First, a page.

Reviews Requested- Contains upsetting material - memory
so. my literacy tutor told me to write something. and i decided to write a memory. i don't like the way i've ended it. thoughts, please?
I begin, a thirteen-year-old girl with too wide-thighs—a lard-built bridge for the calorie-made trolls to cross and enlarge me—and too rabbit-resembling front teeth, on the dusty floor, sprinkles of sticky dirt clinging to it’s surface, of a bathroom.
I grasp at the corners of the bathtub—if I fell onto it, would it be sharp enough to impale me?—and the edges of the sink, cool and damp, but my fist wraps around thin air as I stumble, the room tilting upwards, downwards, side to side. I collapse to the floor, world distorted through my blurred vision, a pile of exhausted limbs, too tired, just so tired.
Frustration tears through me, a trail of red-hot fire burning across my insides, and my boiling blood touches the tips of my fingers and toes, trying to scream and rip me apart. Head in hands, defeated, pain sears through my scalp as I tug harshly at my hair—the one thing everyone’s always complimented me on; if I rid myself of it, maybe I could shed the second skin of people’s expectations and facades—and a scream of desperation catches in my throat.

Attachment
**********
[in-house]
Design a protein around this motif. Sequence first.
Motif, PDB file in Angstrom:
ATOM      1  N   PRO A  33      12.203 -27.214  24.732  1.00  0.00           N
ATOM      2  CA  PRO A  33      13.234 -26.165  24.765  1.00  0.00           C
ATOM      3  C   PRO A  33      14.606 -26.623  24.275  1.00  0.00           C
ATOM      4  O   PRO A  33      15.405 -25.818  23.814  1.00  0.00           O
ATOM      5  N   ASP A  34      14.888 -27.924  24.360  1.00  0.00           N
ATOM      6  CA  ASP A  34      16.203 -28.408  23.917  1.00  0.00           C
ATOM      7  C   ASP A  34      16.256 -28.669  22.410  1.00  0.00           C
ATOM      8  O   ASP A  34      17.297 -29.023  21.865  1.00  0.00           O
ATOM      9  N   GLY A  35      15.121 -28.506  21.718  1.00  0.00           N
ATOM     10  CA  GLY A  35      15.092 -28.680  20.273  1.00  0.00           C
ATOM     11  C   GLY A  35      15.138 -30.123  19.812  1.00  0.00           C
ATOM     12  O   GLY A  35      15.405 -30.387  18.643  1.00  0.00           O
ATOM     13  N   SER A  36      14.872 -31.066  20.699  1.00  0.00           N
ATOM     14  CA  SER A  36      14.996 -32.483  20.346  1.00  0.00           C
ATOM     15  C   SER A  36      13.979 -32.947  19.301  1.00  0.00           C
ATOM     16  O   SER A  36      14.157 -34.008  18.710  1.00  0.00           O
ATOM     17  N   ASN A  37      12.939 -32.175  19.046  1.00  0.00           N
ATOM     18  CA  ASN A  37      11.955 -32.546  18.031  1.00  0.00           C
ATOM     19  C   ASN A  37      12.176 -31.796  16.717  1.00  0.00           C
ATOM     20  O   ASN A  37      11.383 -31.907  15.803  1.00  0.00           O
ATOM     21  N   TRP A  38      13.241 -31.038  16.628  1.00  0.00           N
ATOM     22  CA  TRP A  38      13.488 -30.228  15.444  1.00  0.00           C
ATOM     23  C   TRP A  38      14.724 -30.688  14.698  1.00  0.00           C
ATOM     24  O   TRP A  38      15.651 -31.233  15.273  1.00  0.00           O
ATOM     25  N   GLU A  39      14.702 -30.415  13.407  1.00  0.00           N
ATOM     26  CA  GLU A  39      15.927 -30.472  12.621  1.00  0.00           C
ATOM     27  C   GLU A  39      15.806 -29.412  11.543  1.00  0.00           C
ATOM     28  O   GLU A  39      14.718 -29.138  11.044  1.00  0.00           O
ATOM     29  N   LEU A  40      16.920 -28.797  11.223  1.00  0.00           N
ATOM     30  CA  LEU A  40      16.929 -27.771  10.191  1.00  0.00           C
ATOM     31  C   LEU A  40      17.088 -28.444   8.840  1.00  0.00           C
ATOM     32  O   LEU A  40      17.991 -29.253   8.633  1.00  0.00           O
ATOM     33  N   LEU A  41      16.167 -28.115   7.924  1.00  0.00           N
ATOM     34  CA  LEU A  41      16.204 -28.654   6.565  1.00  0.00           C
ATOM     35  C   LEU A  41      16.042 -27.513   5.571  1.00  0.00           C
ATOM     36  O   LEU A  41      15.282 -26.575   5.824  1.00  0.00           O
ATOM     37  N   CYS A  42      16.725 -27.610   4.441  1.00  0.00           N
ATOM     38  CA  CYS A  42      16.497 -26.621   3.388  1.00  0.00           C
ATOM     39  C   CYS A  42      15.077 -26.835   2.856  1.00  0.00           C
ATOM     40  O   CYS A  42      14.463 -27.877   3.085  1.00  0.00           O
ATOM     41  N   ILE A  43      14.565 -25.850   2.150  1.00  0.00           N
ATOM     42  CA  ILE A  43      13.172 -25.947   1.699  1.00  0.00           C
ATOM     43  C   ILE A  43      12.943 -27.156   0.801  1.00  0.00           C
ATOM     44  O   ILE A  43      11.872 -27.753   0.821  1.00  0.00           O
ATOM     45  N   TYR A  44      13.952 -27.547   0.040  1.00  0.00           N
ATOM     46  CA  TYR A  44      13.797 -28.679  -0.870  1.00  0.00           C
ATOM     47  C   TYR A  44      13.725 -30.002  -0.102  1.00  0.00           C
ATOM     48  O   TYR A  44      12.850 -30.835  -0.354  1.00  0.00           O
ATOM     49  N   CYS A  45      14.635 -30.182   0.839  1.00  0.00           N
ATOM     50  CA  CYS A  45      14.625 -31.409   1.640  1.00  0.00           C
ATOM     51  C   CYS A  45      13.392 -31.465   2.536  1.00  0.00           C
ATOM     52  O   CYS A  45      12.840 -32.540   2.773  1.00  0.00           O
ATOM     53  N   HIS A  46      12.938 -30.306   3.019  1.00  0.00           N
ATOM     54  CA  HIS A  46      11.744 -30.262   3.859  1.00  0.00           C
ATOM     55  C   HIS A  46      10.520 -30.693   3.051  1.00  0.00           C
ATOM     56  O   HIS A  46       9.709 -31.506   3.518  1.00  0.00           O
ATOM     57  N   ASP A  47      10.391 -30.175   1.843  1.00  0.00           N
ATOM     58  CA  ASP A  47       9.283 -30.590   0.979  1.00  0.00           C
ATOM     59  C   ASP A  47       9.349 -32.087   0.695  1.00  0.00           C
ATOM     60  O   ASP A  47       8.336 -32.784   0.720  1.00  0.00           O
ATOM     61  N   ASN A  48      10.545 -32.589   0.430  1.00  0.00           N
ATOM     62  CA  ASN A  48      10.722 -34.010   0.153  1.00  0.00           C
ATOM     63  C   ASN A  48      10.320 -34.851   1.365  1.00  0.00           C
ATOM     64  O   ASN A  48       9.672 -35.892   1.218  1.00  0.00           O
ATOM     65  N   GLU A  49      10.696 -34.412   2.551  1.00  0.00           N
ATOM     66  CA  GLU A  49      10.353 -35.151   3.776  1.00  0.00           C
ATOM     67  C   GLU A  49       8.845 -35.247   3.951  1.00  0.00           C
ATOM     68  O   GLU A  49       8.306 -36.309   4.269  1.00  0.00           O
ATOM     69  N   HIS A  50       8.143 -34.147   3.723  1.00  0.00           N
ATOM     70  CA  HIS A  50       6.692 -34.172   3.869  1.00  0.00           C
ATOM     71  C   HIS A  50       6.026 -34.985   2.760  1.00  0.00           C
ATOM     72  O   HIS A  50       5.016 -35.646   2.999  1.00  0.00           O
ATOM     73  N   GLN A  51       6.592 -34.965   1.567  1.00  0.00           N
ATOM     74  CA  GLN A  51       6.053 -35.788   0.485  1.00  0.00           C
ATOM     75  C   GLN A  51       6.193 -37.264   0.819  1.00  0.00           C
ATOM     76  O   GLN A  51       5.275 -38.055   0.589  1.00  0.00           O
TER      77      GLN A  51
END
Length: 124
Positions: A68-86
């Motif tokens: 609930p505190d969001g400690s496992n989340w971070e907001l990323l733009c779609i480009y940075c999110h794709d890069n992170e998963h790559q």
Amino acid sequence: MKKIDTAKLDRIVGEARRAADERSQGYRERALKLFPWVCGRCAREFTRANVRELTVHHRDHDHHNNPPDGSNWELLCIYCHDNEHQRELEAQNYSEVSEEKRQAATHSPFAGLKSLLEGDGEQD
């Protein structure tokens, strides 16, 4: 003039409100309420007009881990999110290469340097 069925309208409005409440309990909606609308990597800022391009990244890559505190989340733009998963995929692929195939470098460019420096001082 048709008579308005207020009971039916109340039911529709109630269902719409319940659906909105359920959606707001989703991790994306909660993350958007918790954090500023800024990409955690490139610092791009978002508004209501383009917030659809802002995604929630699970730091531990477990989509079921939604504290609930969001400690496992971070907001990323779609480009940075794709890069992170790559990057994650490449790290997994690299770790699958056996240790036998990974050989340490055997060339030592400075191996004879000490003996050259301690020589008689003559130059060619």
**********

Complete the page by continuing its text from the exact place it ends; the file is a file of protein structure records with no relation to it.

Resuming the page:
It’s too much, it’s just too much; my head pounds with the emotion that rages inside of me.
My ears still ring from my mother’s—she’s not my mum, just my mother—screams, her red, red face—specks of redder, freckle-like things covering it—moving closer and closer to my own, her sour breath filling my nostrils, each angered shout accompanied by a shower of spit.
Outside, I can hear the hollow thump, thump, thump of my step-father—he’s not my step-dad, just my step-father—kicking one of my step-brothers, or maybe both, as they cry out in pain, and suddenly I’m eight years old again, wearing my mother’s green high heels with pink-patterned socks as I witness him hit them for the first time, and I watch myself scream at my mother, still then the best person in the world to me, to leave him, the monster; something we have in common.
It ends before I’m aware it begins.
The dim light crawls across my skin, and I hear mocking laughs resound in my ear drums. I search frantically for the source, then I’m on the ceiling, and thirteen-year-old me’s eye catches a misplaced razor amongst the dust, gleaming and winking at her in the yellow light.